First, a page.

(AOF) – The Theradiag Board of Directors has decided to appoint Christian Policard as Chairman to replace Pierre Morgon, who has resigned, and Simon Davière as Chief Executive Officer to replace Bertrand de Castelnau, who has also resigned, from March 1, 2023. Pierre Morgon believes that Theradiag “is now on the threshold of profitability and fully prepared for its future expansion”.
Christian Policard, 74, is a biophysicist, former founding partner of Biotech Développement Conseils, an international biotechnology consulting firm that supports innovative companies worldwide. He is now a senior partner at Global Close Alliance (GCA), a global technology consulting firm present in more than fifty countries. He currently sits on the Boards of Vidac Pharma (Israel), RDS (Strasbourg), HTID (Paris) and Technion (Paris-Haifa). He was executive vice-president and member of the global strategic committee of Sanofi, Chairman of Cellectis, director at the Institut Pasteur but also a venture capitalist and participated in the creation of numerous companies in France, Israel and the USA.
Simon Davière, 39, holds an engineering degree in Biological Engineering from the University of Technology of Compiègne as well as a Master’s degree in Biotechnology from the University of Technology of Lille. He has a solid professional experience of nearly 15 years in the industry of in vitro diagnostics and personalized medicine, particularly in the field of chronic inflammatory diseases. He began his career at Euroimmun before joining Theradiag where he held several managerial positions in marketing and medico-marketing, including heading the Theranostics Business Unit.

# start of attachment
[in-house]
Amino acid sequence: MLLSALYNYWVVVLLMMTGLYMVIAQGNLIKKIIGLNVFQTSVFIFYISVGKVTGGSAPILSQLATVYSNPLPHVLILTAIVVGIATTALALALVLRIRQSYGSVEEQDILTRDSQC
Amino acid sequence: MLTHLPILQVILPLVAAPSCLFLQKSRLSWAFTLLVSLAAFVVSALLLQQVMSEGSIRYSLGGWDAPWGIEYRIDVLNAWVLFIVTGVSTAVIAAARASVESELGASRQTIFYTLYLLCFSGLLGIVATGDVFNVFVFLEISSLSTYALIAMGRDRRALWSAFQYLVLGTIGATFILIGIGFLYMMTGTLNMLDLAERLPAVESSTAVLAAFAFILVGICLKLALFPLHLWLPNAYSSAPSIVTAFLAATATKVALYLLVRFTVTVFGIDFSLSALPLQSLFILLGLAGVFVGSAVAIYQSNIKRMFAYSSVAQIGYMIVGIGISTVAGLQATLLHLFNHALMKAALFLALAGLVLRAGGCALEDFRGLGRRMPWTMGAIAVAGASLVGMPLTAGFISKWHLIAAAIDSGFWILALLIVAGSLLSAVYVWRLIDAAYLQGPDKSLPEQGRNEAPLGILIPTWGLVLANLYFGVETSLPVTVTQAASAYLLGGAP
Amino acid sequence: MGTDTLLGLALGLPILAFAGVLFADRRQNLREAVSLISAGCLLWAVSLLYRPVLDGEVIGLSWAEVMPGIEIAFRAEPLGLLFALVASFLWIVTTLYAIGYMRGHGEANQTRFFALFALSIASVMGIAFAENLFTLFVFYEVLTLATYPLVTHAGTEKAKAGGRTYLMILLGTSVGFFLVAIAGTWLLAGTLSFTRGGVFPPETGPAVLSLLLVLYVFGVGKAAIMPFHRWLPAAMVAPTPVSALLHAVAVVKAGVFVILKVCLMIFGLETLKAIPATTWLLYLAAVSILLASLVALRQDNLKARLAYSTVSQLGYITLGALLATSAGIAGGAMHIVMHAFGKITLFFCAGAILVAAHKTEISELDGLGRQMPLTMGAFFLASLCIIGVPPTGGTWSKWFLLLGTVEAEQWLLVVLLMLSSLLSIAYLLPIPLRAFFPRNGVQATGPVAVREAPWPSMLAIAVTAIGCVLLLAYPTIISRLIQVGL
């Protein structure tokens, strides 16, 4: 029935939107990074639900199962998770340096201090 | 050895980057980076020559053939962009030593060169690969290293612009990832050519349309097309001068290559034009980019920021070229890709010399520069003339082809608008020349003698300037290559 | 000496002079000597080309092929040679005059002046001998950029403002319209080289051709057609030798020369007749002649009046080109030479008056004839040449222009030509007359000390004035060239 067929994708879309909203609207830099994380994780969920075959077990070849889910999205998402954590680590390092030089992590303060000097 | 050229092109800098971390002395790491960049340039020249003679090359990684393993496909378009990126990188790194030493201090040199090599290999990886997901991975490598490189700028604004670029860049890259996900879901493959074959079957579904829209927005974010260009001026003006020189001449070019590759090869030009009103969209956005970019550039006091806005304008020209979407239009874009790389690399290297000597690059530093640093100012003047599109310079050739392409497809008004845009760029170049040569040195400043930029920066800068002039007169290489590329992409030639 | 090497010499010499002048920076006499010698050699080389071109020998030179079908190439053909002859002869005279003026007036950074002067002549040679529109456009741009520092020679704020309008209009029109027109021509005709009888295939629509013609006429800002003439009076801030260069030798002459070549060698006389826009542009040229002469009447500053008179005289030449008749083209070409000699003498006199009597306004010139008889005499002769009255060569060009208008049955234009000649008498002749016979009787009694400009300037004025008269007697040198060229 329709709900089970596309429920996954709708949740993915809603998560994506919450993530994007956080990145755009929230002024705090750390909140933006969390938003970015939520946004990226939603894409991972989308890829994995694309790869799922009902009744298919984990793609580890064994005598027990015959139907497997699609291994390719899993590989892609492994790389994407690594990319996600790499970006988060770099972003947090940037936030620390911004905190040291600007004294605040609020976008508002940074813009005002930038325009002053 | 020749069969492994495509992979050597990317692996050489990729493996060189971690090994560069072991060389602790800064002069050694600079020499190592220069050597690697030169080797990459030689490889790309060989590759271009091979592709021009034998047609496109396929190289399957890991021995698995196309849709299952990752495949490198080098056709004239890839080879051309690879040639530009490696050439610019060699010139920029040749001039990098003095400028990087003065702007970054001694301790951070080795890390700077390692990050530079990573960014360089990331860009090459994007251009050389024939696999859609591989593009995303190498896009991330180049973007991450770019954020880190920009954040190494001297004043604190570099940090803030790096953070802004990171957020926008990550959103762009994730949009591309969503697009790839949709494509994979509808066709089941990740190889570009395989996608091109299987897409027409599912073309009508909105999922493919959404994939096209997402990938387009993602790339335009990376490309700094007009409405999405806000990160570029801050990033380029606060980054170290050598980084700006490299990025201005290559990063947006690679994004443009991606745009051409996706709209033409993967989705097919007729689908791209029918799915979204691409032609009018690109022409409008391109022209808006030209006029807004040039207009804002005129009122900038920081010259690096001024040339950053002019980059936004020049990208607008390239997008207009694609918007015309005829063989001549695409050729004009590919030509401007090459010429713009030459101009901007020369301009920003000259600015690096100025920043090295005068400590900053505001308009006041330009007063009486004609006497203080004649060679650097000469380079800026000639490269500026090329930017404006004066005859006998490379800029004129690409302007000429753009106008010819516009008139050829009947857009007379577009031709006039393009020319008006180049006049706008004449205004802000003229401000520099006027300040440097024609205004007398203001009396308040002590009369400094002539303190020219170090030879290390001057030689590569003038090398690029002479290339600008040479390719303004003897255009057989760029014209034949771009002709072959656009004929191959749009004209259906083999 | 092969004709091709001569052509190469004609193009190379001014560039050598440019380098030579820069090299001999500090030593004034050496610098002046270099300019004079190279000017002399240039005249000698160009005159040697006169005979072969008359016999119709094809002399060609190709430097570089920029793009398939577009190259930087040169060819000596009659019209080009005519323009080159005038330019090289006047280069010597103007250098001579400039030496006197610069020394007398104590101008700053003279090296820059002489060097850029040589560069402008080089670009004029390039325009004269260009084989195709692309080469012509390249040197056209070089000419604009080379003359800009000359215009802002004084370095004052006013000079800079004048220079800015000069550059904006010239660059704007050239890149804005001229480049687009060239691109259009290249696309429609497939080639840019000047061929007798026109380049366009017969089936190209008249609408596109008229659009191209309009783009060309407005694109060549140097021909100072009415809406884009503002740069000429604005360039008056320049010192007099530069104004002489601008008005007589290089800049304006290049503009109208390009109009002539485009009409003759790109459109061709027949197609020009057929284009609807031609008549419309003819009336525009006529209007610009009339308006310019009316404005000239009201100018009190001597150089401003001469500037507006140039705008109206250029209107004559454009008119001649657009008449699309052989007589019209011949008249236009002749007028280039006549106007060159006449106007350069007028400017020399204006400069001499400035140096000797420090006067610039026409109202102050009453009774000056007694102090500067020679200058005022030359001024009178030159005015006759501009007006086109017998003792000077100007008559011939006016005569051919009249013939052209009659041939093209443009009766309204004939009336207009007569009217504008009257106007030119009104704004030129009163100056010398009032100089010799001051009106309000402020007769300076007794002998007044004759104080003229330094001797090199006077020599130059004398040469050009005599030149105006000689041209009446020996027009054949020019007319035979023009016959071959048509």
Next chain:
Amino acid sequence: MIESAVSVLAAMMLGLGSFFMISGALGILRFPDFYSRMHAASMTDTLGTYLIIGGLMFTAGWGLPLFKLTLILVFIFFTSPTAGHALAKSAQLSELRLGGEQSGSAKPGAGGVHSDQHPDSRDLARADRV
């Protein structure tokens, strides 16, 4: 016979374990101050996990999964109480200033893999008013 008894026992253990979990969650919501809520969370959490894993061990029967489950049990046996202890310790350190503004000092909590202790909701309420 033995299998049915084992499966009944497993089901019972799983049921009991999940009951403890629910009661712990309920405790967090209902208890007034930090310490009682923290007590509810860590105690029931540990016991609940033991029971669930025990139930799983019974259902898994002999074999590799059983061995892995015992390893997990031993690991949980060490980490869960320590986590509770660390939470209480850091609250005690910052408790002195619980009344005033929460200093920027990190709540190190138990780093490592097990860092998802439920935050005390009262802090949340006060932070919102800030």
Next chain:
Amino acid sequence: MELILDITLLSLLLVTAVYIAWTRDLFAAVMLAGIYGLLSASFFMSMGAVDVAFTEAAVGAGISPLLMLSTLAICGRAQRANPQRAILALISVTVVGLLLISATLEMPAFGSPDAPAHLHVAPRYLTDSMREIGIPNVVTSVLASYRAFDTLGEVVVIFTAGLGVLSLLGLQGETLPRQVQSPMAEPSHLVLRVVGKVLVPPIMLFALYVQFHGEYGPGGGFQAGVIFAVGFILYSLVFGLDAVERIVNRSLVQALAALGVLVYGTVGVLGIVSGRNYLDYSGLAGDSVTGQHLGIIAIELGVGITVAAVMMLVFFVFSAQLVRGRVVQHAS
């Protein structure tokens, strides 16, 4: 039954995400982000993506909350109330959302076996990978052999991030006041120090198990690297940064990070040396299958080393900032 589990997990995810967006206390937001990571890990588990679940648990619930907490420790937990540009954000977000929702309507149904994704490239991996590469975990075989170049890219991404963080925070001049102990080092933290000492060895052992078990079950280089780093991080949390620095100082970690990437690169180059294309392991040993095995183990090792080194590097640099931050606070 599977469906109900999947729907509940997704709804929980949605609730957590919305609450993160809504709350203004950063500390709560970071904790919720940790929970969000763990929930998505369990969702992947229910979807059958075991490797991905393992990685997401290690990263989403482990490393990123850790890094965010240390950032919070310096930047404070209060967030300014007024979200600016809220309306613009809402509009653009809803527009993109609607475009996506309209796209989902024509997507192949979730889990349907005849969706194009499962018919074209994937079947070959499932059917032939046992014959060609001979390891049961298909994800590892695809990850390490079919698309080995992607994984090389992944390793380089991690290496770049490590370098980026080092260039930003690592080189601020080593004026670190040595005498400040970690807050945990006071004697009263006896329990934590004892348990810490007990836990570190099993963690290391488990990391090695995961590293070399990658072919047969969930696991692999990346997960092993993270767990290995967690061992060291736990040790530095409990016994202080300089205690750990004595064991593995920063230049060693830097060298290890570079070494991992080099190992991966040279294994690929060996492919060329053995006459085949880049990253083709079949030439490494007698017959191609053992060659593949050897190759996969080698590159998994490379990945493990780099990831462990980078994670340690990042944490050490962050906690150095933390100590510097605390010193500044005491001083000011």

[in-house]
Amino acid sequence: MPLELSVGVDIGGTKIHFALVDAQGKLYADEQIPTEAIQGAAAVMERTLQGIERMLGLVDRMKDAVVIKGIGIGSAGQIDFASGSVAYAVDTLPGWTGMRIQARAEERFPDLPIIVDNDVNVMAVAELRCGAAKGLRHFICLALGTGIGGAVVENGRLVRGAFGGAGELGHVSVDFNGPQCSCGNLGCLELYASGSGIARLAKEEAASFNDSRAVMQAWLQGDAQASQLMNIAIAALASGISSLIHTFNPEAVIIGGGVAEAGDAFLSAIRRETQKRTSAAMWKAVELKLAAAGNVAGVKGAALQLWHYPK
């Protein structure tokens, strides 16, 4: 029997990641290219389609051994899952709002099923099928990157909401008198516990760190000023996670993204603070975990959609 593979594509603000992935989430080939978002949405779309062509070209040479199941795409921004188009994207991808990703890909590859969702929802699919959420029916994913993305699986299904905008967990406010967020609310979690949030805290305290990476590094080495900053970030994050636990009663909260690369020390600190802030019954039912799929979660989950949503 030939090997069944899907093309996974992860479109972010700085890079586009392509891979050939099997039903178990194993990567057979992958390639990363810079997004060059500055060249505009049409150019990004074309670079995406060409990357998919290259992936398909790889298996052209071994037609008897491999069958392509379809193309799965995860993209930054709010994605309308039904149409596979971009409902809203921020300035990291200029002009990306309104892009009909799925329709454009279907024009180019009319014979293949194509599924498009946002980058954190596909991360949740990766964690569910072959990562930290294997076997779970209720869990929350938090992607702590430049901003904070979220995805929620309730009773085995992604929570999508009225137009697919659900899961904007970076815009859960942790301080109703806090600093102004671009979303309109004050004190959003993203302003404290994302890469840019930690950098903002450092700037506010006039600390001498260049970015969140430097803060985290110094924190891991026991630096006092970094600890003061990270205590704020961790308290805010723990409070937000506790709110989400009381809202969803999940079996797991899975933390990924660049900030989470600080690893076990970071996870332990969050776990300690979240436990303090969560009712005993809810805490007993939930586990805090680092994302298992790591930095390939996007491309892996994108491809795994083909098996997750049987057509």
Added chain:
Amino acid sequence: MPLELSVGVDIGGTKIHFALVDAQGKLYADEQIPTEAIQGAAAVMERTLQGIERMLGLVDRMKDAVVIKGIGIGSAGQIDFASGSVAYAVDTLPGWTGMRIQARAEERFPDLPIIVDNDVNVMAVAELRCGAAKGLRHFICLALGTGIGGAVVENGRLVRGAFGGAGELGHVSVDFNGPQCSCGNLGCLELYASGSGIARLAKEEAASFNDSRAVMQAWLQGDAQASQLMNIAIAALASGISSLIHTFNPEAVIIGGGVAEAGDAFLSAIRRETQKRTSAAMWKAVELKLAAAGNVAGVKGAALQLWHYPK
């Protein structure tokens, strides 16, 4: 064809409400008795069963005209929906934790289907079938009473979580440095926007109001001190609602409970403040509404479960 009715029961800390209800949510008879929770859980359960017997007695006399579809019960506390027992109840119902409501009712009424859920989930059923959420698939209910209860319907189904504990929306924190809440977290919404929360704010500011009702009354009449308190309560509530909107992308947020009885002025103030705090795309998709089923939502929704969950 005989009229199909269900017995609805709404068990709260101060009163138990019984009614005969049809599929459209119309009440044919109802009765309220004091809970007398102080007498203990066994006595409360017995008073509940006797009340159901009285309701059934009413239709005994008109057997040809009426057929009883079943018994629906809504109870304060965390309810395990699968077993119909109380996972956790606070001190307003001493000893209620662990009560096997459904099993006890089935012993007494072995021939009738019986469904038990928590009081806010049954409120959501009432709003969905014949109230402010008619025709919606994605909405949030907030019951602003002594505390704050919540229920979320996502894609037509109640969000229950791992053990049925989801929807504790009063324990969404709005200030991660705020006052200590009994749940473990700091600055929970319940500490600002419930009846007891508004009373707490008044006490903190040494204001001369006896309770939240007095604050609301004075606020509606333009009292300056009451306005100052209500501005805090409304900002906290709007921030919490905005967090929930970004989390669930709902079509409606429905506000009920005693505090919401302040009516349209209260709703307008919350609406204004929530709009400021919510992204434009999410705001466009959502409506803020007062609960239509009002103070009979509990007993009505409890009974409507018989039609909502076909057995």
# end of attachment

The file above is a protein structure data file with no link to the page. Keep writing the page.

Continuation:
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Loss of speed in European research
European research is losing ground to American and Chinese research. In twenty years, Europe’s share has fallen from 41% to 31% in global R&D. China’s share jumped from 1% to 8%. As for the United States, which supplanted Europe, in 2001 it devoted only 2 billion euros per year more than Europe to R&D, whereas now this gap has reached 25 billion! Some experts accuse the European authorities of not having deployed effective policies. The financing of pharmaceutical research should therefore have been better targeted via the “Horizon 2020” programme. France only comes in eighteenth position in European funding despite the quality of its research. Conversely, the United States concentrates funding on Boston and a few centers of excellence.